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Wage Differentials Are Larger Than You Think

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  • Edward P. Lazear

Abstract

This paper will employ a method (devised in Lazear [1976] ) to estimate the unobserved component of wages. The size of this component will be calculated for non-whites and whites separately and then compared. Since, as it turns out, the component is larger for whites than non-whites, observed wage differentials understate true differentials. Furthermore, comparison of the period between1966-1969 with the 1972-1974 period reveals that this unobserved differential increased substantially over time. The results of this study suggest that although the pecuniary non-white -- white differential has narrowed substantially between 1966 and 1974 for young men, the on-the-job training differential has increased by almost the exact same amount. This implies that in real wealth terms there has not been any narrowing of the differential at all. This will become more apparent in later years as those non-whites who were hired into skilled jobs today fail to be promoted or obtain higher paying jobs elsewhere at the same rate as their white counterparts.

Suggested Citation

  • Edward P. Lazear, 1977. "Wage Differentials Are Larger Than You Think," NBER Working Papers 0168, National Bureau of Economic Research, Inc.
  • Handle: RePEc:nbr:nberwo:0168
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    1. Haley, William J, 1973. "Human Capital: The Choice Between Investment and Income," American Economic Review, American Economic Association, vol. 63(5), pages 929-944, December.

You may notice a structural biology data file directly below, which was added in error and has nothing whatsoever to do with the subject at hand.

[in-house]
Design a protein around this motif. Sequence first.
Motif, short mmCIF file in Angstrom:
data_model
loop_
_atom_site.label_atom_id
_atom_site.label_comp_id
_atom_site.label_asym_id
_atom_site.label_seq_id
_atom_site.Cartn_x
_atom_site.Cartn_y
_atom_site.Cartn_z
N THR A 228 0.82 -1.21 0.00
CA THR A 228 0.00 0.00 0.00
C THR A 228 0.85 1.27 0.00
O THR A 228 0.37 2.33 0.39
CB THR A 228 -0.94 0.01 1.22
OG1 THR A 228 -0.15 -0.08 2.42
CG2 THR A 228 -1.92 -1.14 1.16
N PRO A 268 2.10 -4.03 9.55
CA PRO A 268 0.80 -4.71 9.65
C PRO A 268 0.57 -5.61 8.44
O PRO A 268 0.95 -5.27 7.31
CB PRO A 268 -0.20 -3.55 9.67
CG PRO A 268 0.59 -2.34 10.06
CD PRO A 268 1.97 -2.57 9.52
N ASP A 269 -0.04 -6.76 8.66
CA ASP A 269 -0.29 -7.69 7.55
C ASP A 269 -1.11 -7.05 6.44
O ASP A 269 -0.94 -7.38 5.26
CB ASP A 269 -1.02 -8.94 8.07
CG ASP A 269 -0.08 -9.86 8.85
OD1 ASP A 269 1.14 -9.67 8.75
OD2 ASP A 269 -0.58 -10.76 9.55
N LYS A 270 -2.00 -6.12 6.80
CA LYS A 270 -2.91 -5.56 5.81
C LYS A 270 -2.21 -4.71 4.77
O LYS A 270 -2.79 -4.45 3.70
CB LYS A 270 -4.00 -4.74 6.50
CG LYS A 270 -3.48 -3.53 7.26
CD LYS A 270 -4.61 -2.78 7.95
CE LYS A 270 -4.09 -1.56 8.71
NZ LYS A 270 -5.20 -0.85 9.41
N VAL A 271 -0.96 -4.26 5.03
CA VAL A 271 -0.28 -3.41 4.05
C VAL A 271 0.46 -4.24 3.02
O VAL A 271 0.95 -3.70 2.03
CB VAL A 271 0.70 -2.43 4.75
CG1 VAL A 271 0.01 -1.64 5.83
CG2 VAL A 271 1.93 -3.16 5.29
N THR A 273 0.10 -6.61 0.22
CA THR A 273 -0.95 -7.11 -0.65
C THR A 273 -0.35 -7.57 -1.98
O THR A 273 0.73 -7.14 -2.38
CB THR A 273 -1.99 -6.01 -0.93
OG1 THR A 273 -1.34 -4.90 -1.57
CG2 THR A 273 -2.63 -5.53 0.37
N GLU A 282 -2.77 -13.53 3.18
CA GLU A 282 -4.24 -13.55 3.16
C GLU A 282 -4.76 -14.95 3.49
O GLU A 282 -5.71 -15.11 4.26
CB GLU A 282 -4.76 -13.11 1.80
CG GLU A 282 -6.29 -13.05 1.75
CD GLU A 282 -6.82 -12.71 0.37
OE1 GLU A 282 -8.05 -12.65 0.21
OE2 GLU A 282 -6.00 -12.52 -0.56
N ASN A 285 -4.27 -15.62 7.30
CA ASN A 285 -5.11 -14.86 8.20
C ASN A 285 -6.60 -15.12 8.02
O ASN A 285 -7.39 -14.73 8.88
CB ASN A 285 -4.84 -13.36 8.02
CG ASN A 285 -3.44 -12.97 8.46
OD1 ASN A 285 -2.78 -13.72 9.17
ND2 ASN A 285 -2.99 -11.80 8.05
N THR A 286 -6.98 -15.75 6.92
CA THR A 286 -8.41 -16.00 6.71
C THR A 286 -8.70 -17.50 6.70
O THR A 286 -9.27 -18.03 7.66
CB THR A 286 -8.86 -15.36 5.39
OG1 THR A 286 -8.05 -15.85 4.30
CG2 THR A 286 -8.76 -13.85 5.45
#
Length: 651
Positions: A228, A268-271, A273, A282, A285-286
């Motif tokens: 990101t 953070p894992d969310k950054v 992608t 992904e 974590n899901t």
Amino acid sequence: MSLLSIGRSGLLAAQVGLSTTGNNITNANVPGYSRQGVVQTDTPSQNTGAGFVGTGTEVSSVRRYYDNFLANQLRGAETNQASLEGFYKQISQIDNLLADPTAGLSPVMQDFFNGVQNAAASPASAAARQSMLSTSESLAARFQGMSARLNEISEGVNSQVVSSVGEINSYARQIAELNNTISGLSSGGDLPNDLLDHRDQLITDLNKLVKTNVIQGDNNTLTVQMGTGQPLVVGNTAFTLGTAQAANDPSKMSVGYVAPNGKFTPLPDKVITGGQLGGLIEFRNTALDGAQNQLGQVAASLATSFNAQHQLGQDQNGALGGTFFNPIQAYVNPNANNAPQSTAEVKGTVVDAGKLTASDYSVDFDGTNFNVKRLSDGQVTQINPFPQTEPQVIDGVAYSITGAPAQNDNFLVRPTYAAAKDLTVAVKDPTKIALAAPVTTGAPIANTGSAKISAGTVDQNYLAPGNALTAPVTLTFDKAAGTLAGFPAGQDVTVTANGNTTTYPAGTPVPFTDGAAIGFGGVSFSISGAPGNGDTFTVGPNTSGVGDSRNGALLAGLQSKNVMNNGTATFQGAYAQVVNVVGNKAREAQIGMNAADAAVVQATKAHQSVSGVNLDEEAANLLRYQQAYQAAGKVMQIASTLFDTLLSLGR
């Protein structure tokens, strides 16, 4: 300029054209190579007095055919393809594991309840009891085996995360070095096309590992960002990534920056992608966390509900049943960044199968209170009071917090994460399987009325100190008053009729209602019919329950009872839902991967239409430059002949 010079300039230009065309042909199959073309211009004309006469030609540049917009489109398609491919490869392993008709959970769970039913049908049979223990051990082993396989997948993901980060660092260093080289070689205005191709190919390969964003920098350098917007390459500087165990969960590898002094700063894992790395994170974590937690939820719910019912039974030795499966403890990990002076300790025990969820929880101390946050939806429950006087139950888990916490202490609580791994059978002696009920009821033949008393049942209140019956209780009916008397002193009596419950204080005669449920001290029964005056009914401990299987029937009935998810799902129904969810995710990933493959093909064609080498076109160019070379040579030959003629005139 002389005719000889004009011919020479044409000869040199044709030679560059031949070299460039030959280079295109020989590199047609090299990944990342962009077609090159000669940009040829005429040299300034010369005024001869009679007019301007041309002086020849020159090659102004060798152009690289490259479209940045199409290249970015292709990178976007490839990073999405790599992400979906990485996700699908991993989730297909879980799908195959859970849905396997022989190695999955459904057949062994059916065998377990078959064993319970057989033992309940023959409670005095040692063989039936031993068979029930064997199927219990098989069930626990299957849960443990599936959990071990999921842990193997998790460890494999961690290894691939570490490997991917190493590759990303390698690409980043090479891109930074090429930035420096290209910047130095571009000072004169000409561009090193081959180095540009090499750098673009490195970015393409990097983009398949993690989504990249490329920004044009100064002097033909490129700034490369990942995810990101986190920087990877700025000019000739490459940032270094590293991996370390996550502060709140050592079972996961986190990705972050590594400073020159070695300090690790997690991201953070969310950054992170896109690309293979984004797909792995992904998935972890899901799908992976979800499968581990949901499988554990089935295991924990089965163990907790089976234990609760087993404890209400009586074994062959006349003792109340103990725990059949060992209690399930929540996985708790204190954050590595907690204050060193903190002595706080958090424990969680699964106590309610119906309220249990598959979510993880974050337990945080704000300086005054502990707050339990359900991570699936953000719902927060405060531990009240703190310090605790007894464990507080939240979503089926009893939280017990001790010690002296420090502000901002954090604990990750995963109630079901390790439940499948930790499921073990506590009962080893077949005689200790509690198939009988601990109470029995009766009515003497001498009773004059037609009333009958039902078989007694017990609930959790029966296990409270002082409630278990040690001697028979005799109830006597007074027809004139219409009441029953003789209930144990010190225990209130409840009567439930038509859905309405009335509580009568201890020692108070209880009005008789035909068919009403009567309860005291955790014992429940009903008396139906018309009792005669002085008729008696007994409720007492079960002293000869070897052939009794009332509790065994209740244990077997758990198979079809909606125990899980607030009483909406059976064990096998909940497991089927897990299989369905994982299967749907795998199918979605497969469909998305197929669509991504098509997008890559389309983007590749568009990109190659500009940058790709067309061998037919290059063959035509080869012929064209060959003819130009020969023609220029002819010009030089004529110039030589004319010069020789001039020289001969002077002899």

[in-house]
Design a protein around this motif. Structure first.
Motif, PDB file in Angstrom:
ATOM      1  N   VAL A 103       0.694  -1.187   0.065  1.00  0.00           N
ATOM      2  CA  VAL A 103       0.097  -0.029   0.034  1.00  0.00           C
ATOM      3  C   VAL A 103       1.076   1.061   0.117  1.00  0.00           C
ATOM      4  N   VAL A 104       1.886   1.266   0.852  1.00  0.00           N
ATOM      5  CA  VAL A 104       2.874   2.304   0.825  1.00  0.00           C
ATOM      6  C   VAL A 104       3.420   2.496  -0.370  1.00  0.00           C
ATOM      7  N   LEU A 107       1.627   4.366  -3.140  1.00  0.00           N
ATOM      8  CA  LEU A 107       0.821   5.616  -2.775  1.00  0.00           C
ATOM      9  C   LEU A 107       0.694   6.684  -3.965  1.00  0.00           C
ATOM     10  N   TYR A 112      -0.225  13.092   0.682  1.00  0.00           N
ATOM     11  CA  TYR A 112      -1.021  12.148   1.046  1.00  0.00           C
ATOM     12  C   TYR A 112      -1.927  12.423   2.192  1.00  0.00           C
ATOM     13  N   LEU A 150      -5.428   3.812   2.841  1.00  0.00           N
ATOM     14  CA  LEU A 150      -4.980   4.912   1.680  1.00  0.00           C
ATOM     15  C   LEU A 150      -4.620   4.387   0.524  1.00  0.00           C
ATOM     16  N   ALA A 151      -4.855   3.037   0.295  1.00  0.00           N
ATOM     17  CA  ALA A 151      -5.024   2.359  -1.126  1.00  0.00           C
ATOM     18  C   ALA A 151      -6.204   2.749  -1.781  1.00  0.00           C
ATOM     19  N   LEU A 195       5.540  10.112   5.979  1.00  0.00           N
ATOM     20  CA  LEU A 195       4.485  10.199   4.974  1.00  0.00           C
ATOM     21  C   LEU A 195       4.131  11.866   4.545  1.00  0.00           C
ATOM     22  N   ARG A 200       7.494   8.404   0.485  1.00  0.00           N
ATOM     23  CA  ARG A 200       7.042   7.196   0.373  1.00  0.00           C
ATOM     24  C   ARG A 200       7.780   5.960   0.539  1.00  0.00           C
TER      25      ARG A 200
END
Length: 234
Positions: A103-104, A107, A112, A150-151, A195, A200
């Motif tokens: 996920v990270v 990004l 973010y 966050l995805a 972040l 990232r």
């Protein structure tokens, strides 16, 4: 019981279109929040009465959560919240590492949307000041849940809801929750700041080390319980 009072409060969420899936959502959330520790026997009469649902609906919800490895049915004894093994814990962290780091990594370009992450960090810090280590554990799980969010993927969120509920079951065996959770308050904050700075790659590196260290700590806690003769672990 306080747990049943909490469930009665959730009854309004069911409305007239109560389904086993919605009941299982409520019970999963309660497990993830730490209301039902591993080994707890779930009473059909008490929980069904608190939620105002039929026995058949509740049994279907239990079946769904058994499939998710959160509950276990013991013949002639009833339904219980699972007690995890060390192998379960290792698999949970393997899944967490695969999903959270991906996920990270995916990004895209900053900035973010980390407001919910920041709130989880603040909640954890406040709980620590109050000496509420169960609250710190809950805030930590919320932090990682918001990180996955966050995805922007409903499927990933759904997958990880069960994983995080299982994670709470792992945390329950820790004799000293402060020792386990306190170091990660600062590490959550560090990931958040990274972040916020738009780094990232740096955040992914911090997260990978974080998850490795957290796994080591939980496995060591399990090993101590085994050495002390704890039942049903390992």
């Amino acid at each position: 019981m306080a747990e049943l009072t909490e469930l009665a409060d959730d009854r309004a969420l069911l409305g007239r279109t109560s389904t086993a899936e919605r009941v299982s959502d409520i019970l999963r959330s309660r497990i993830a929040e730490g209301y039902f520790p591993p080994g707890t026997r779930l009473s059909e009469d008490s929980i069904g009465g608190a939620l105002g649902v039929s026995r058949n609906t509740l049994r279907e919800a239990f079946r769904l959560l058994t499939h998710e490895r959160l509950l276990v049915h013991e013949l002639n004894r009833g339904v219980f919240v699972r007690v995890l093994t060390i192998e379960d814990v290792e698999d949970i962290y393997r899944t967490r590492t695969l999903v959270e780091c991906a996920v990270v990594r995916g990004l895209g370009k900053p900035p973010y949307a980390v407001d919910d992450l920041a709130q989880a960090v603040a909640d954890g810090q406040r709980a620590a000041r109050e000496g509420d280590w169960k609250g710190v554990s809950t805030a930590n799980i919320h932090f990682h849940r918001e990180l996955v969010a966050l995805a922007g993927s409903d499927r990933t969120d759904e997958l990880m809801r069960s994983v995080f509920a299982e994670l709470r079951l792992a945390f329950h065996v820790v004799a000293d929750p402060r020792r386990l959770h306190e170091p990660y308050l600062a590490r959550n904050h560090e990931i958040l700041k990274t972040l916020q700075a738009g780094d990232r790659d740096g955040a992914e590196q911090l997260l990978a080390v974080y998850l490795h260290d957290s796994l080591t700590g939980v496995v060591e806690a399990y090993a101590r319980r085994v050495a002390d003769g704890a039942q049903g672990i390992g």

2. Ashenfelter, Orley & Johnson, George E, 1972. "Unionism, Relative Wages, and Labor Quality in U.S. Manufacturing Industries," International Economic Review, Department of Economics, University of Pennsylvania and Osaka University Institute of Social and Economic Research Association, vol. 13(3), pages 488-508, October.
    3. S. Rosen, 1969. "Trade Union Power, Threat Effects and the Extent of Organization," Review of Economic Studies, Oxford University Press, vol. 36(2), pages 185-196.
    4. Welch, Finis, 1973. "Black-White Differences in Returns to Schooling," American Economic Review, American Economic Association, vol. 63(5), pages 893-907, December.
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